ITPO had earlier urged the not to intervene in the proposed demolition, saying the Rs 2,500-crore project would be a good development for the city. It had submitted that the project was approved at the highest levels, including the Prime Minister's Office.

It had said that under the project, an international exhibition and convention centre with a seating capacity of 7,000 and parking for 4,800-5,000 cars, would be built in the 123 acres where Pragati Maidan exists now. Once it comes up, the G20 Summit would be held there.

(This story has not been edited by Business Standard staff and is auto-generated from a syndicated feed.)

image
Business Standard
177 22

HC dismisses plea of Hall of Nation architect to preserve it

A day before the demolition of the 'Hall of Nations' at Pragati Maidan here is expected to start, the High today dismissed a plea by the building's architect to preserve it.

Justice Sanjeev Sachdeva dismissed as "without merit" the plea by architect Raj Rewal, who had designed the building that was constructed in 1972.

The court's verdict was based on the decision of the Heritage Conservation Committee (HCC), set up for protecting heritage structures, which has held that only 60-year-old or older buildings would be considered for heritage status.

The Hall of Nations, located in Delhi's exhibition ground of Pragati Maidan, being only 45 years old would not get the protection of being considered as a heritage structure as per the HCC guidelines, the noted in its ruling.

It also said that since HCC's guidelines, formulated in February this year, have not been challenged, therefore the architect has no legal right to seek preservation of the structure.

The also observed that the architect had not challenged the March 3 decision of the Urban Arts Commission which had approved the plan for an integrated exhibition centre that would come up at the Pragati Maidan.

The court, however, said its judgement will not prevent the architect from seeking any relief under the Copyright Act which provides for seeking damages if an artistic work is "modified or mutilated".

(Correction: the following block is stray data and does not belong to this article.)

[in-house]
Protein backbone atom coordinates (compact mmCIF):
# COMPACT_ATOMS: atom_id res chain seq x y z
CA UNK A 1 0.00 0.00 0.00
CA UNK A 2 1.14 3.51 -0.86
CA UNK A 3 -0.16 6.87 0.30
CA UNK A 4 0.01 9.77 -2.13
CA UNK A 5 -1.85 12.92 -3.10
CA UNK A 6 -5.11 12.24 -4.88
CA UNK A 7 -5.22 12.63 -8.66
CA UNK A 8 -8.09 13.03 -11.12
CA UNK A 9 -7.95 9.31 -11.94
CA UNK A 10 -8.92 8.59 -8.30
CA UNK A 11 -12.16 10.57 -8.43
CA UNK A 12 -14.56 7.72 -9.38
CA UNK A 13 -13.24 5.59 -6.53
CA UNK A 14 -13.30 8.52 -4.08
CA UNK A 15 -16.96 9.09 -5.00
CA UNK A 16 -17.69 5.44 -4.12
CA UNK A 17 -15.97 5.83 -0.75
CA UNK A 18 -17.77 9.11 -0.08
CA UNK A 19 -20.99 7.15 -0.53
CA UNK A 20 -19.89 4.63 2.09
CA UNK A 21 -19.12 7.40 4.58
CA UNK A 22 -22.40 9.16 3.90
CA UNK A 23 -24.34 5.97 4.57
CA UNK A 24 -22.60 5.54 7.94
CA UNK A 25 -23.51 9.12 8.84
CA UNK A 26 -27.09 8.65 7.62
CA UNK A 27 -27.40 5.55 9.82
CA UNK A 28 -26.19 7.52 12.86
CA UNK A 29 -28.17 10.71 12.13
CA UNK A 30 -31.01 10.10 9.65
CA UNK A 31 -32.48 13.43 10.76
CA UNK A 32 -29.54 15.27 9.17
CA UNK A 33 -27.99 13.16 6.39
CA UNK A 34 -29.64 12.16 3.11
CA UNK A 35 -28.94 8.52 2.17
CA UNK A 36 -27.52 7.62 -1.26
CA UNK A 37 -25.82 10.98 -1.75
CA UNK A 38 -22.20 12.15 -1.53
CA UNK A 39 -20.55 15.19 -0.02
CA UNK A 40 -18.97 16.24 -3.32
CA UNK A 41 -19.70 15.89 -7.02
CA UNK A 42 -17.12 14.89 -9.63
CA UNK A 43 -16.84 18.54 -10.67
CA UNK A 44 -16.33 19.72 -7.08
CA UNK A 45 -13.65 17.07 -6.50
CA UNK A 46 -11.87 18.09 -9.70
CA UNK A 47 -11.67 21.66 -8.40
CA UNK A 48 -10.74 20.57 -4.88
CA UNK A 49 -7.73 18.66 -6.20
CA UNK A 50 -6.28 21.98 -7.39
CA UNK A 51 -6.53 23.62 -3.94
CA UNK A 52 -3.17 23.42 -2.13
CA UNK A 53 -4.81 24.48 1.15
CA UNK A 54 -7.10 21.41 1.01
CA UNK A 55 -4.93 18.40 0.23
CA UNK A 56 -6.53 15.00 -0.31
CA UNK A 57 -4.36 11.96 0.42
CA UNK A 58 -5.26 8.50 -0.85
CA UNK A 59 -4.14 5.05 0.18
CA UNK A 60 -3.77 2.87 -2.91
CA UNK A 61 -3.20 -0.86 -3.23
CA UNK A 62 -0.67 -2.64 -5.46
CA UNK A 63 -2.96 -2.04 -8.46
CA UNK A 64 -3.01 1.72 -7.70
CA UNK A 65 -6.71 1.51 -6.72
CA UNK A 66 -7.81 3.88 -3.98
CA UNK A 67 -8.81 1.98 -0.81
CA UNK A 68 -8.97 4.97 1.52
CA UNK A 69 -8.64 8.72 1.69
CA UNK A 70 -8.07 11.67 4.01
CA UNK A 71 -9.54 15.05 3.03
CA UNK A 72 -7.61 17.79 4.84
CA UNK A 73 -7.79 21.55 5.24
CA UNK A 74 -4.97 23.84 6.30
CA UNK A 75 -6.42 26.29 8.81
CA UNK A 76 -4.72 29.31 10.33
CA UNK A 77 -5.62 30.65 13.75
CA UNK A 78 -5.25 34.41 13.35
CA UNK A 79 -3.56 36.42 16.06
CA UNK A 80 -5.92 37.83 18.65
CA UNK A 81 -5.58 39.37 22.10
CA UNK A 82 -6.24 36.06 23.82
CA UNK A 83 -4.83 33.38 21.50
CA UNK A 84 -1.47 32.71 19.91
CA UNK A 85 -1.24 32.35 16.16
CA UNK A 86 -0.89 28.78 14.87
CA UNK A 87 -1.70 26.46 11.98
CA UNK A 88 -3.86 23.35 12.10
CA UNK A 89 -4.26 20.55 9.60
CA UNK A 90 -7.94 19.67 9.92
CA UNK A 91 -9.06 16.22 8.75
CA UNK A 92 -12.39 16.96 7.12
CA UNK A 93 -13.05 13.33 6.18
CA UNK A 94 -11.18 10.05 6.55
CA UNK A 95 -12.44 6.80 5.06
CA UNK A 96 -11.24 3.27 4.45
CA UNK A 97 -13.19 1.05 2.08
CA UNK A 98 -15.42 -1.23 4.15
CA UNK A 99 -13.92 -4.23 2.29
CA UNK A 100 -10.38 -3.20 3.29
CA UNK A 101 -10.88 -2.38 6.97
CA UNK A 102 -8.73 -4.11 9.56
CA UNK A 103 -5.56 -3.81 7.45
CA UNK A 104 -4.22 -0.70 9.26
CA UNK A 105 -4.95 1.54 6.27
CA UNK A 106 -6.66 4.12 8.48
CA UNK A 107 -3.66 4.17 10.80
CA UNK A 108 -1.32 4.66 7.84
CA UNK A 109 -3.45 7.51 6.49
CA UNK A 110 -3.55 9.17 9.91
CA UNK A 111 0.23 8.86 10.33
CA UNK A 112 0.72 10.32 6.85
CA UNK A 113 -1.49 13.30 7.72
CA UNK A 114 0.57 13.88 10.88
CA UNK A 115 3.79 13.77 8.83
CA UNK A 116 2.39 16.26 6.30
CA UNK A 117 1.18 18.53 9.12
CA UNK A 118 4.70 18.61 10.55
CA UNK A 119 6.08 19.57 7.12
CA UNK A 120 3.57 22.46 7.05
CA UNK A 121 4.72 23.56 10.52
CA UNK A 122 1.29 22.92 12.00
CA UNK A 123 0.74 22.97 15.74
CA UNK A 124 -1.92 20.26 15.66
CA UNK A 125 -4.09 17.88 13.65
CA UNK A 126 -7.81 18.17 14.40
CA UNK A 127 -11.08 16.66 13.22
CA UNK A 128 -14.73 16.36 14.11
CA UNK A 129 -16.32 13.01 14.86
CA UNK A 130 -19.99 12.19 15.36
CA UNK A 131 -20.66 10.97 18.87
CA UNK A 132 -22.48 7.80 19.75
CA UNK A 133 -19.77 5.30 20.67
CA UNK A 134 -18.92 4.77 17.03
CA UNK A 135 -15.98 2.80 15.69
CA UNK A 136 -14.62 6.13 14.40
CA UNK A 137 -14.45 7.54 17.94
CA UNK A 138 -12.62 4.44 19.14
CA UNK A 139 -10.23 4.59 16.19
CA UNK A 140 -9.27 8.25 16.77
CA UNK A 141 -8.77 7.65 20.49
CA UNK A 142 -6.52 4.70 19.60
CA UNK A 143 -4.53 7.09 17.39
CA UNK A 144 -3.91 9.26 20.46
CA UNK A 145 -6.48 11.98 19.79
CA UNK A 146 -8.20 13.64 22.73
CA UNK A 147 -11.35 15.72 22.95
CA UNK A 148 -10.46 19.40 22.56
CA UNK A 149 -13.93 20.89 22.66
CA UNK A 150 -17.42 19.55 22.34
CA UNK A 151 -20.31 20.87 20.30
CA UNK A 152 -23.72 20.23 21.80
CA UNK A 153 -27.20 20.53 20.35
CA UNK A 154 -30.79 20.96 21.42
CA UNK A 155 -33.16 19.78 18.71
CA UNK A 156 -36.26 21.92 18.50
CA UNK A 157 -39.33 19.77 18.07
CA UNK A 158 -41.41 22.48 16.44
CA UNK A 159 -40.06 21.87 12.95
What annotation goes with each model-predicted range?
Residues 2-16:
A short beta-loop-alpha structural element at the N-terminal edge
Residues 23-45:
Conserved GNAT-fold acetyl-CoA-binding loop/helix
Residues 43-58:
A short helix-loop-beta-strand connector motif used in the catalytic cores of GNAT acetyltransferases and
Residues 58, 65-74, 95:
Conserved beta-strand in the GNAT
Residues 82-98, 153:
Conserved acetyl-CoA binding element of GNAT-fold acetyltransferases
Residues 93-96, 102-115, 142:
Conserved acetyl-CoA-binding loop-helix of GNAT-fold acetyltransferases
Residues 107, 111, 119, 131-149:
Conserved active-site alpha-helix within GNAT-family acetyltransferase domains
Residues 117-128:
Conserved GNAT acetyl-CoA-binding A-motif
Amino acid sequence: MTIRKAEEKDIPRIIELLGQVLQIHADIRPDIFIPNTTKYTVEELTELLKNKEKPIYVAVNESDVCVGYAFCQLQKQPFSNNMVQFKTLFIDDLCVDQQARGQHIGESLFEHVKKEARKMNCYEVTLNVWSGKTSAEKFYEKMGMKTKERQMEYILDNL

During the hour-long arguments, Additional Solicitor General Sanjay Jain, appearing for the Centre, opposed Rewal's plea contending that the Hall of Nations was "not a one-of- its-kind architectural marvel."

He said buildings by other eminent architects in Pragati Maidan have already been or would be demolished.

He also said that once an expert view has been taken by the HCC and DUAC, judicial interference in the decision is not called for.

Additional Solicitor General P S Patwalia, who appeared for the India Trade Promotion Organisation (ITPO) which is the body responsible for Pragati Maidan, said it has to adhere to the project schedule.

As per the schedule, the demolitions have to be completed and the debris removed by May 31 and the fresh construction has to start from June 1, he said.

While Rewal's plea was dismissed, a similar plea by the Indian National Trust for Art and Cultural Heritage (INTACH) seeking heritage status for the Hall of Nations was adjourned to May 1.

The had earlier said that if the central government does not want to retain the 'Hall of Nations' at Pragati Maidan, how can it be forced to do so.

ITPO had earlier urged the not to intervene in the proposed demolition, saying the Rs 2,500-crore project would be a good development for the city. It had submitted that the project was approved at the highest levels, including the Prime Minister's Office.

It had said that under the project, an international exhibition and convention centre with a seating capacity of 7,000 and parking for 4,800-5,000 cars, would be built in the 123 acres where Pragati Maidan exists now. Once it comes up, the G20 Summit would be held there.

(This story has not been edited by Business Standard staff and is auto-generated from a syndicated feed.)

image
Business Standard
177 22